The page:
The Tibetan Buddhists who worship serene lakes, snow-capped peaks, and all things white could not have settled in a more perfect part of the world. Tibet may have been closed off to most outsiders for centuries, but its own proud history dates back to the middle of the 7th century, when Tibetan Empire founder Songstan Gampo married two princesses, one Nepalese and the other Chinese.

Tibet was frequently caught in the middle of Chinese and Nepalese disputes over control of the legendary Silk Road between the 9th and 17th centuries. During the mid-1700s, the Dalai Lama asked a Mongol tribe to settle these disputes once and for all. Even though the Mongols seized military control and established their own leader as Tibet’s new king, the Dalai Lama maintained administrative control.

The early 18th century was Tibet’s next tumultuous period, but the Dalai Lama’s next attempt at peace by asking another Mongol tribe to control Tibet wasn’t so successful. The Chinese emperor invaded the region, expelled the Mongols, and controlled the territory during the 1904 British invasion and the remainder of the Qing Dynasty.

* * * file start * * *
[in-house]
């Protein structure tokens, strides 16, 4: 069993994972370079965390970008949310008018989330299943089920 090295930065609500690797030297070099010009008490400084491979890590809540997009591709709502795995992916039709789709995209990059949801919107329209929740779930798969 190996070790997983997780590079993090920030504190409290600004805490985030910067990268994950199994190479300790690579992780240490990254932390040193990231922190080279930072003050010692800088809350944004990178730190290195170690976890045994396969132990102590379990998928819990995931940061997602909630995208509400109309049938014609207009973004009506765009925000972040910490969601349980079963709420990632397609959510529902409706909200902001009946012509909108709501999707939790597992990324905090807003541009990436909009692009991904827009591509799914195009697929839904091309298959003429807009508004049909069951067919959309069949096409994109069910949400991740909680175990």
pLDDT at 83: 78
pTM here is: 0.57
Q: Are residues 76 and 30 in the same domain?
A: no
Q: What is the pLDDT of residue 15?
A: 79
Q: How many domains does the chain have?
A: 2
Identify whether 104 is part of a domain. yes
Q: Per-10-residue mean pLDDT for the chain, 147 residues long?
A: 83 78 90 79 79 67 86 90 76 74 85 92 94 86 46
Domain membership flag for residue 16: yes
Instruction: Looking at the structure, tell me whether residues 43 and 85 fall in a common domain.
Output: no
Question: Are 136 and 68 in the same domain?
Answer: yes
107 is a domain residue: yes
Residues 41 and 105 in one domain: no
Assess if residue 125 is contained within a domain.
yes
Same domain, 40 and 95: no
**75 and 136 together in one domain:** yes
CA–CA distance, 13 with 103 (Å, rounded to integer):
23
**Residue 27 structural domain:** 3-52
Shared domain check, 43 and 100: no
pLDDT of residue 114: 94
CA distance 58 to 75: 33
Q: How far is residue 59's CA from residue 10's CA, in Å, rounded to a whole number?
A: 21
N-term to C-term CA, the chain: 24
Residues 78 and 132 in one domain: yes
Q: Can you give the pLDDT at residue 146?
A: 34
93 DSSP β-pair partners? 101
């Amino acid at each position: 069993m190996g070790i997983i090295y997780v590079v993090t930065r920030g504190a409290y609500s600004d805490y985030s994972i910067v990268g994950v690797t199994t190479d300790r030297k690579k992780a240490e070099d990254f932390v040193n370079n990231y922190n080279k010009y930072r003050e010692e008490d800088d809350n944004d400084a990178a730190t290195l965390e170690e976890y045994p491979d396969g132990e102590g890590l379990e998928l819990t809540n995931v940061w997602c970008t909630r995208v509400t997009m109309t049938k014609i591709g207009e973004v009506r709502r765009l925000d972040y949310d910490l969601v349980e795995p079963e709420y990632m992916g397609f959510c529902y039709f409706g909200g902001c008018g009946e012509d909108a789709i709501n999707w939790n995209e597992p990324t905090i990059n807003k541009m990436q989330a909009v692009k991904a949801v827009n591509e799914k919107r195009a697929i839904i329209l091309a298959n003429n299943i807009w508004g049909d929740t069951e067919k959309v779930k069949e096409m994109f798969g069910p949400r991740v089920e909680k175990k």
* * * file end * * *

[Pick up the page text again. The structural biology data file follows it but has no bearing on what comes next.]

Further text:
In 1911, the Qing Dynasty was overthrown and Tibet declared its independence, which lasted for more than three decades. During this time, Tibet’s boundaries extended past present day Tibet Autonomous Region territory into the current Chinese provinces of Yunnan, Qinghai, and Sichuan.

After the People’s Republic of China was established in 1949, the People’s Liberation Army entered Tibet and officially brought the region under Chinese control during the following year. However, China gave Tibet full autonomous status and even named the Dalai Lama as the Chinese Communist Party’s vice secretary. This agreement, however, did not last long.

In 1959, the Tibetan people protested against Chinese rule, causing the Dalai Lama to establish a government in exile in the Indian community of Dharamsala. The Red Guards imprisoned or killed well over a million Tibetans during the Cultural Revolution, which also destroyed much of the region’s own cultural heritage.

Apart from three more major uprisings in 1987, 1989, and 2008, Tibet has remained a generally calm place, and is attracting growing numbers of tourists from China and other parts of the world even though its political situation remains tense.